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Earlier this week, I was watching an entertainment news show and the topic of conversation was the B-word. In a new interview, actress Kristen Stewart spoke passionately (a little too passionate maybe) about how she feels about men calling women a b—h:

“Men cannot say b—h anymore, I’m sorry,” Stewart said. “Say something different. Say, ‘You’re rude,’ say, ‘You’re a d–k,’ whatever. Just to say, ‘Oh that b—h.’ You can’t say that because there’s nothing I could say to you, there’s no retort that would be equal to that, therefore it’s demeaning and literally on par with… something homophobic or something racist.”

I disagree with it being “on par” with homophobic or racist remarks, however, I agree that a man calling a woman a b—h is disgusting (and vice versa). But I wonder, if a man called you the B-word (and not in the, “That’s my b—h” way that some think is “cute”), would it be bad enough to be a dealbreaker for you?

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“My boyfriend called me a b—h a month ago,” said a woman writing in to the site Miss Muslim. “He’s never done this before and we’ve been dating for six months…I approached him and he told me that he called me a b—h because I was ‘acting like a b—h.’ I let it slide but yesterday he called me a b—h again and so I called him a son of a b—h and he went AWOL. He said he can’t be with a woman who called his mom a b—h, but he can call me a b—h?? What is this double standard??”

Despite this ridiculous situation, the woman involved in it wasn’t asking for advice on whether or not she should leave. Instead, she wanted to know if she is looking at the situation in the wrong way and should apologize. The fact that he threatened to end things with her left her scrambling and wondering if the offense is worth their relationship. She’s asking if she should be apologetic, despite the fact that he’d created an ugly habit of calling her a b—h and hadn’t said sorry for it once.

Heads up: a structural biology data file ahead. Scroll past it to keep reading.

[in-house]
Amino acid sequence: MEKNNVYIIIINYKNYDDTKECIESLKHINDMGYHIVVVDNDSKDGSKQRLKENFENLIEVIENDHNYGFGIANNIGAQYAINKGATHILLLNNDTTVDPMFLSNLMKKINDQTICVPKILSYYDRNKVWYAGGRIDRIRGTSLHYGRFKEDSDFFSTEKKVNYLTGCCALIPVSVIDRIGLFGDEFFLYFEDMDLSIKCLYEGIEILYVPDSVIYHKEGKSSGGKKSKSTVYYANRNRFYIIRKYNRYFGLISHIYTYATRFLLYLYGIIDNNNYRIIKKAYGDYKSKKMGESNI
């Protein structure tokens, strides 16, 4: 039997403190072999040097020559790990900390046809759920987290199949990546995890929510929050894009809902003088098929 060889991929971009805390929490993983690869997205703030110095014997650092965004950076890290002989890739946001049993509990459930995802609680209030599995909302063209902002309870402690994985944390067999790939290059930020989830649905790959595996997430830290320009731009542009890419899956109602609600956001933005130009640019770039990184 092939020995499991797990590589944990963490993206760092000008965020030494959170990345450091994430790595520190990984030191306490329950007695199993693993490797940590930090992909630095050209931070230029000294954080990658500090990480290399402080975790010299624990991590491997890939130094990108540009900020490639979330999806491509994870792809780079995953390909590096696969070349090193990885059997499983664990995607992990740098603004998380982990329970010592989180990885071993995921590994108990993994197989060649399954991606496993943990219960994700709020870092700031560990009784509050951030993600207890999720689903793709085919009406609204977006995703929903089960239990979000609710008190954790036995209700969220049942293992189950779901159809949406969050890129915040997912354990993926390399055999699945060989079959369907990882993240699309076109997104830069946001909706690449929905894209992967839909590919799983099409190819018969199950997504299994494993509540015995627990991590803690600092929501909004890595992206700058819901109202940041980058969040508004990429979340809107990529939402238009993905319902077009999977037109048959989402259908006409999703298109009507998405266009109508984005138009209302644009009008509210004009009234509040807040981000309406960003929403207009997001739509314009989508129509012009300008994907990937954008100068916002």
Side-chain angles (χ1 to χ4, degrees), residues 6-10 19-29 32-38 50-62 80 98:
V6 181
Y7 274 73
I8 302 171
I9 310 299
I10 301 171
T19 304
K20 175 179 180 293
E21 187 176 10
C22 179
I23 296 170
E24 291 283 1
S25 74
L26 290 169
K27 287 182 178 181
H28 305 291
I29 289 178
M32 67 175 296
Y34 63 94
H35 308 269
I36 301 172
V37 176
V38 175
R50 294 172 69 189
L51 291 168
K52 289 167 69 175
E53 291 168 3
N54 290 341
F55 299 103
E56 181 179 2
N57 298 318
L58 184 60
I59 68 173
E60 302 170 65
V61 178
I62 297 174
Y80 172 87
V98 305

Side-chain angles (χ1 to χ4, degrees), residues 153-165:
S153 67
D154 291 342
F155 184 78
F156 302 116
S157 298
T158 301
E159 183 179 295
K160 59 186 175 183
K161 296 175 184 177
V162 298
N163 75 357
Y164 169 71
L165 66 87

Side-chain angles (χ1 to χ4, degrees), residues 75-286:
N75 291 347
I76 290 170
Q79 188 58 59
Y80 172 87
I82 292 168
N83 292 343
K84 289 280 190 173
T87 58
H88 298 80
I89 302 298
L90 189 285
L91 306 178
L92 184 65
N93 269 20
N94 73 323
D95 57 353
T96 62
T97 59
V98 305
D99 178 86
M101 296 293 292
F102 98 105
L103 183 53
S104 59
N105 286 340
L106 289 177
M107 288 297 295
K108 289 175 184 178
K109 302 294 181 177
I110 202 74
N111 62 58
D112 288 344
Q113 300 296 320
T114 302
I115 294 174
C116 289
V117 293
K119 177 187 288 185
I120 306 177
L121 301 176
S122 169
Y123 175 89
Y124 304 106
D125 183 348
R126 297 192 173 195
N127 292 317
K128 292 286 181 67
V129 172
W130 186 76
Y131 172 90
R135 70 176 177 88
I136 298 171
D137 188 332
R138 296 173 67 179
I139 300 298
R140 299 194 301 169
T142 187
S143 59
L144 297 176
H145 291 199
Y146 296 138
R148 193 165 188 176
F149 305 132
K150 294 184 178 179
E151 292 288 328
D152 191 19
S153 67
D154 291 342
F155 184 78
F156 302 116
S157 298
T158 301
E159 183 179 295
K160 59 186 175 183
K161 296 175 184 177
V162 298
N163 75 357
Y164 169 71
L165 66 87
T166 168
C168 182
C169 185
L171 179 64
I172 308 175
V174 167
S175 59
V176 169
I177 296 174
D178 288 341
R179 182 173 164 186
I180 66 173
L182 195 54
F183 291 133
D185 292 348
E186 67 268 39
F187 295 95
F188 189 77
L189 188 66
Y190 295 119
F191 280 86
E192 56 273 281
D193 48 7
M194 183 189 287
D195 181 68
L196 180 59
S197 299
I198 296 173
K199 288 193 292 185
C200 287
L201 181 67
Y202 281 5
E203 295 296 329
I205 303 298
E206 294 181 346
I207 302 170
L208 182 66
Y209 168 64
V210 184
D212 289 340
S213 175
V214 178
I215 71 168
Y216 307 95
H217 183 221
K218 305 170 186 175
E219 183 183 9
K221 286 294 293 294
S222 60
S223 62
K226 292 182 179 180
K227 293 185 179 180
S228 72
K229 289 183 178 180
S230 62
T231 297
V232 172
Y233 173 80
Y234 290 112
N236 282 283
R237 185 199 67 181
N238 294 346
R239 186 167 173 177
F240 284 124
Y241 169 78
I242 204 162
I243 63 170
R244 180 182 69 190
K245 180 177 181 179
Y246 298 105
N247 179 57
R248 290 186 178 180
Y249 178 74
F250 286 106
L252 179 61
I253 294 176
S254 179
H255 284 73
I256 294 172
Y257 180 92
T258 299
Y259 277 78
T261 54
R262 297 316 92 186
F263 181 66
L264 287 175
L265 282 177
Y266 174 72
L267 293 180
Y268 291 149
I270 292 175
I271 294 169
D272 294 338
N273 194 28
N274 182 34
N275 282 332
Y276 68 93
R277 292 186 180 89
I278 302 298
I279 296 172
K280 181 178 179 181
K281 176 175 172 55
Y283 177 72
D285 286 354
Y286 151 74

But it seems like more people than you would think wouldn’t necessarily want to end the relationship altogether either. In a thread from Wedding Bee, a majority of respondents said they would be very upset, but didn’t know if they would end their relationship when asked what consequences there would be for their significant other calling them the B-word. Others said it depends on how the B-word is used. “You’re a b—h” to those commenters is a lot worse than “You’re acting like a b—h.”

When I asked my co-workers what they thought about a man, let’s say their husband, calling them a b—h, they all said that it would be terrible, but not necessarily a reason to throw in the towel.

Even Nathan from Married at First Sight put his anger on the back burner when he was called a b—h by his wife, Sheila. While we don’t know exactly what he said to her leading up to that, whatever it was was enough to take center stage during their argument. It wouldn’t be until days later that Sheila would finally apologize for calling him such a thing, and he would have to apologize first. He forgave her because making the marriage work was most important to him on the show, but he made a good point that they would need to have limits moving forward. In their relationship, there were just some things they should never say to one another. I think that should be the case for every relationship.

I’ve been lucky enough not to have anyone I’ve dated call me a B-word. The worst I’ve heard is that I should “f–k off!” While I was very hurt, the relationship meant a lot more to me than the sting over the word, plus, my boyfriend at the time was very apologetic, so I chose to let it go. Thankfully, it didn’t happen again.

As far as the B-word though, I’ll say that if a guy I’m with called me a b—h, I would be incredibly angry, but I could actually move forward if they’re remorseful. A surprising ugly moment is different from consistent ones. And speaking of limits, there should be one when it comes to ugly habits. Call the woman you’re with a b—h once, it’s likely just a slip of the tongue that can be prevented in the future. Call her it more than once and you’re not emotionally mature enough to be in your relationship. To that I say, b—h, please…

But as usual, that’s just my opinion. What say you? Could you move forward in a relationship if your partner called you a b—h?  

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